States of emergency
General Musharraf’s crackdown on ‘uncertainty’ in Pakistan is another product of the West’s unravelling ‘war on terror’.
We are unlikely to get to grips with the political crisis in Pakistan by focusing, as much of the international media is, on the apparent stand-off between General Pervez Musharraf, Pakistan’s president, and Benazir Bhutto, the former prime minister. Despite the increasingly shrill rhetoric there is not really much ground between these two, who have previously worked together for what one leading Pakistani commentator scathingly refers to as a ‘military-liberal coalition’. And more importantly, there are far wider forces at work.
Musharraf has been widely condemned for declaring a state of emergency in Pakistan. But it would be fair to say that there is an undeclared state of emergency across the region, and it is one largely created in the West. It is a product of the directionless ‘war on terror’ – a war that was declared, as has often been pointed out, against an abstract noun, but which has had some very concrete and disastrous results.
The process of things spinning out of control began in Afghanistan after 9/11, when the USA and NATO launched a war to try to reassert a sense of authority in the world and ended up creating further chaos. The emergency soon moved on to Iraq, as the US-UK invasion of 2003 replaced a state with a vacuum. Now it has spread again, to Pakistan.
President Musharraf is entirely a creature of the ‘war on terror’, dependent for his survival on outside support from the West. His government, despite its claims to have won a discredited election, enjoys little real legitimacy within Pakistan. The president’s refusal to follow the rules and resign as head of the army reflects the reality that, whatever the constitution says, Pakistan remains a state based on military power rather than popular mandate. Its militarised economy has been boosted by massive US aid since 9/11, in contrast to the thriving market economy of its Indian neighbour.
In political terms too, Musharraf relies upon the backing of the US government and to a lesser extent its UK ally (the old colonial power). That support has not yet been withdrawn despite the state of emergency. In return, Musharraf has proved willing to do his bit in the West’s war on terror – publicly turning against the Taliban and other Islamic militants that Pakistan helped to create in the first place, and withdrawing active support from the Islamic forces fighting India in the disputed Kashmir region.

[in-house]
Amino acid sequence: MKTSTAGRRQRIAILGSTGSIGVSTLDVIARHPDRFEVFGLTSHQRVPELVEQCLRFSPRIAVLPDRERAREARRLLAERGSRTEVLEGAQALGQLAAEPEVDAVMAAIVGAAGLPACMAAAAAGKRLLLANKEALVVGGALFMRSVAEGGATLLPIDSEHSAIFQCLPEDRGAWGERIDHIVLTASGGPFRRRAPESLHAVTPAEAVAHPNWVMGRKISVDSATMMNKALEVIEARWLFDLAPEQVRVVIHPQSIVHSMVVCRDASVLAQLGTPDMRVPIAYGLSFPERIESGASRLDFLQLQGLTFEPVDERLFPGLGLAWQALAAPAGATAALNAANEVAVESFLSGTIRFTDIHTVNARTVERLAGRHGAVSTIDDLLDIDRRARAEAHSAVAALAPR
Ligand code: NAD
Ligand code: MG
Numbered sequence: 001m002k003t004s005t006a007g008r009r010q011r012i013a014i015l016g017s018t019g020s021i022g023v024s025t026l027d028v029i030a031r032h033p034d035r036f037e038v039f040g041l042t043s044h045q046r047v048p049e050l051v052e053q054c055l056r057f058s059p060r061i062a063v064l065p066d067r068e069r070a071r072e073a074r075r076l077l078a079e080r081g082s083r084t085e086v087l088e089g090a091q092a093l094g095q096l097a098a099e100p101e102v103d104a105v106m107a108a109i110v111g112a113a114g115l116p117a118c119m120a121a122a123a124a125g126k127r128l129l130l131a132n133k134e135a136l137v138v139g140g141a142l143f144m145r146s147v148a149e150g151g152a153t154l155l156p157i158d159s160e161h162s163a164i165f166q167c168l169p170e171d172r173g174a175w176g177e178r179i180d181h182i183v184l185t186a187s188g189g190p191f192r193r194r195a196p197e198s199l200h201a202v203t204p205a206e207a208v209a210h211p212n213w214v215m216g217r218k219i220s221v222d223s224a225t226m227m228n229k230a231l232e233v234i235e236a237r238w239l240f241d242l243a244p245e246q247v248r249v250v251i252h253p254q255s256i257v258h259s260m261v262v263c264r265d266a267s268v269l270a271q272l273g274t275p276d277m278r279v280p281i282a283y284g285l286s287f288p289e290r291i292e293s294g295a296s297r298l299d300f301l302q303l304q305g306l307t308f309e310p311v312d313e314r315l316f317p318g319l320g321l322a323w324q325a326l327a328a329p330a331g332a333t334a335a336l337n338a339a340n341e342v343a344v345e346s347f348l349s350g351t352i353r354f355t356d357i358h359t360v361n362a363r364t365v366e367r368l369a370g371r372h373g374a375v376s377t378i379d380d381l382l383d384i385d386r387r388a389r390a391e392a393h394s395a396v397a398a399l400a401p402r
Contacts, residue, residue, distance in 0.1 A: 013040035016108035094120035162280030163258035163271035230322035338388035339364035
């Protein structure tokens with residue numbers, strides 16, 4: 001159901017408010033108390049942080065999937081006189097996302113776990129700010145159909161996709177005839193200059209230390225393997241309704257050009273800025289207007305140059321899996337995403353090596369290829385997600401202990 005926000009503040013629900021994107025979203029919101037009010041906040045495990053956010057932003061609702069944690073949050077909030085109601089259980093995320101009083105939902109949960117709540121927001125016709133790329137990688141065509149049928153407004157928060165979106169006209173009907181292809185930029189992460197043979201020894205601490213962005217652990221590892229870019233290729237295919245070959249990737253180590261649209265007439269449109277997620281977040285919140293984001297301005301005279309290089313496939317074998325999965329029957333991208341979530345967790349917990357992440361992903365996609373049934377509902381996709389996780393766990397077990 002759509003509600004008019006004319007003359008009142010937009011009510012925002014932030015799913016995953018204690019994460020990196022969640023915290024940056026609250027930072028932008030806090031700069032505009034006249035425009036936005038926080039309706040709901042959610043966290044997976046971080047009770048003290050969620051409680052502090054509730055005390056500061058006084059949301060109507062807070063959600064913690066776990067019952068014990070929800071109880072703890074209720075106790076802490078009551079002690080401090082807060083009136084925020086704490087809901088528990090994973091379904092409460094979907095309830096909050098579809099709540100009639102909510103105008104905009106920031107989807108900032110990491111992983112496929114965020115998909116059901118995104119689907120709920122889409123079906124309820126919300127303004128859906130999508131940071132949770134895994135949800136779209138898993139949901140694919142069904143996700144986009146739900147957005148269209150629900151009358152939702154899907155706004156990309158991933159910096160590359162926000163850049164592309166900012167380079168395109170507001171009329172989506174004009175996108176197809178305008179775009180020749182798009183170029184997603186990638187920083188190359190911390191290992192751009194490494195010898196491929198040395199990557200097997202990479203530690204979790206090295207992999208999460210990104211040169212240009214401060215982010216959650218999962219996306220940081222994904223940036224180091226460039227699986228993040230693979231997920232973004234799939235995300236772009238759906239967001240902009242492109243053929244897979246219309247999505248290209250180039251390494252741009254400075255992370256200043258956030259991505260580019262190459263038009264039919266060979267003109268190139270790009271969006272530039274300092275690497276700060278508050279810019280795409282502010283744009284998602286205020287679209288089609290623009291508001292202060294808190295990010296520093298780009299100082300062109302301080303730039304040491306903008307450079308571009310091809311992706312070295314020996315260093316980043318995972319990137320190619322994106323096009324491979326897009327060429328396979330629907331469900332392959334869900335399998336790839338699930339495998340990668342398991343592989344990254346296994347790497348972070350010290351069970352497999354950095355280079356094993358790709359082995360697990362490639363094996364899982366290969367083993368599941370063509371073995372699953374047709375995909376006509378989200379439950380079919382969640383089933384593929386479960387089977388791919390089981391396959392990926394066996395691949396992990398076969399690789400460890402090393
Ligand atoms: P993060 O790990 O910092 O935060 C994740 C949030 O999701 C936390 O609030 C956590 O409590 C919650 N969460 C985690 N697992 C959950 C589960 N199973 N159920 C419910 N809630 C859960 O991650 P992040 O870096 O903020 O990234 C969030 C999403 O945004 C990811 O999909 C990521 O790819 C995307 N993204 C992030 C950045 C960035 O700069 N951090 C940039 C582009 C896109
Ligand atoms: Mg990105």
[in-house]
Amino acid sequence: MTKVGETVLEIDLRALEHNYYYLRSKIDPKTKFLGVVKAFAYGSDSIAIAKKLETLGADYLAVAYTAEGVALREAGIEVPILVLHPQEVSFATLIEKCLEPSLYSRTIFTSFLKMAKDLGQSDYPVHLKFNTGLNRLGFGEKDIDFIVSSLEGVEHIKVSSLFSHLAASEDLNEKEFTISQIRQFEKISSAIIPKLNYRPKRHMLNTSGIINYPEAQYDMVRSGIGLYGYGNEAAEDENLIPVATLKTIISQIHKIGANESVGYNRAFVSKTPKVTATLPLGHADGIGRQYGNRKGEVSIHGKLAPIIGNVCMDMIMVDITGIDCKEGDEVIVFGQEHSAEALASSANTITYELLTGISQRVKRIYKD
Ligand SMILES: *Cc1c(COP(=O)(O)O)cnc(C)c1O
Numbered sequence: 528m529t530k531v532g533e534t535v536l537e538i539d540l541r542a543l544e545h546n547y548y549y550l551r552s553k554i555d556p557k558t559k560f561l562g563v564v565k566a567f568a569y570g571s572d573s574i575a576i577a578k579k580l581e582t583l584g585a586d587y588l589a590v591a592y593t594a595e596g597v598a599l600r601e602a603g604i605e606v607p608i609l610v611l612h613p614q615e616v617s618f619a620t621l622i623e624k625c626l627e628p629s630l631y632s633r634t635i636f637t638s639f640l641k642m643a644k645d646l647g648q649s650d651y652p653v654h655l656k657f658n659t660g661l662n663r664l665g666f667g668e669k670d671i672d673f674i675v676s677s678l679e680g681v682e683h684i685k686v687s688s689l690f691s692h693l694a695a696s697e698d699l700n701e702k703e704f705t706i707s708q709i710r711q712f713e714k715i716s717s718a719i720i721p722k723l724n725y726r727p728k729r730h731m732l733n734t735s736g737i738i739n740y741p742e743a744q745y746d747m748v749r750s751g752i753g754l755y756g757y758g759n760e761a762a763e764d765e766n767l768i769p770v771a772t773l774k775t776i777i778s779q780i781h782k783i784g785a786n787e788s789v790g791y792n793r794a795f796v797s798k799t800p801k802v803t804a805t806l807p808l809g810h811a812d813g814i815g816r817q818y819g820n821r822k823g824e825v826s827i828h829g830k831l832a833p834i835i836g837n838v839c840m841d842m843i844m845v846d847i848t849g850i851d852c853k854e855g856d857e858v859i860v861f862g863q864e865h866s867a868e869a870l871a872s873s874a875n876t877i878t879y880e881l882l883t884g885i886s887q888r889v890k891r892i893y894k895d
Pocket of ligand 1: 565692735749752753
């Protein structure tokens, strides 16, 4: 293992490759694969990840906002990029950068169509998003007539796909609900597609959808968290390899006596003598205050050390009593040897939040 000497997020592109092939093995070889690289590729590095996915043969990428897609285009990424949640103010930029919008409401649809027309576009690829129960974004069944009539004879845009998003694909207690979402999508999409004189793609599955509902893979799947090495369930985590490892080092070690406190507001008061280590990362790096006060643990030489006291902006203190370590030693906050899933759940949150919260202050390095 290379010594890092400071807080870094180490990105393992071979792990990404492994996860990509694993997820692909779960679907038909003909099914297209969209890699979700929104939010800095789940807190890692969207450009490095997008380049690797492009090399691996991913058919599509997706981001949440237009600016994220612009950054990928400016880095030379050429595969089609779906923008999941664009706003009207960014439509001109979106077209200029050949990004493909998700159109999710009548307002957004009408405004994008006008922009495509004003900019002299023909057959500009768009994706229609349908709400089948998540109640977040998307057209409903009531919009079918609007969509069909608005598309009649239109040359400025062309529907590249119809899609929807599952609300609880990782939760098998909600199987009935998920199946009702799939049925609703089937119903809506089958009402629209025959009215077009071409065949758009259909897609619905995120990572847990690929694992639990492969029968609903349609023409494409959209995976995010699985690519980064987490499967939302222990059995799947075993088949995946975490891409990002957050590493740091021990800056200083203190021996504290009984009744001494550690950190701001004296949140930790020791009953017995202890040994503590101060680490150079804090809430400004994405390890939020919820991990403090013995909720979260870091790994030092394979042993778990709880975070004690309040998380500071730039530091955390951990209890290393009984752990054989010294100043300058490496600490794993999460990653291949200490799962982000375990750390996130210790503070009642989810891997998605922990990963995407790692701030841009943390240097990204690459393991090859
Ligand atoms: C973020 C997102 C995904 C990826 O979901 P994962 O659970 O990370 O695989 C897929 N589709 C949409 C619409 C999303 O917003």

But being a local stooge for an unpopular and incoherent international war is no basis for stable government. Lacking in legitimacy and unable to deliver what the people of Pakistan need, Musharraf’s regime declared a state of emergency as a desperate show of strength but has only succeeded in exposing its weakness. He has imposed the sort of repressive measures associated with military dictatorship, not to counter any mass opposition movement or put down an armed uprising, but only to cope with some terror attacks and silence criticism from judges and lawyers.
The speech in which Musharraf declared the emergency gave away the sense of things slipping beyond his control or comprehension. As with President Bush, it seemed that he was lashing out at an enemy without a face or a name. Thus Musharraf declared that ‘hurdles are being created’, that ‘a chaos is being created’, and that ‘the entire nation is a victim of uncertainty’. For Bush’s war on terror, read Musharraf’s crackdown on uncertainty.
But things are not as straightforward for dictators today as they were during the Cold War years, when the Western powers were certain of their anti-Communist cause and backed brutal stooge regimes. Back then, Pakistan’s generals were able to ignore international appeals and get away with hanging Bhutto’s father, the deposed premier Zulfikar Ali Bhutto, in 1979. Today it appears more that, by declaring the state of emergency and shutting Bhutto in her house in face of international opposition, Musharraf has hanged himself.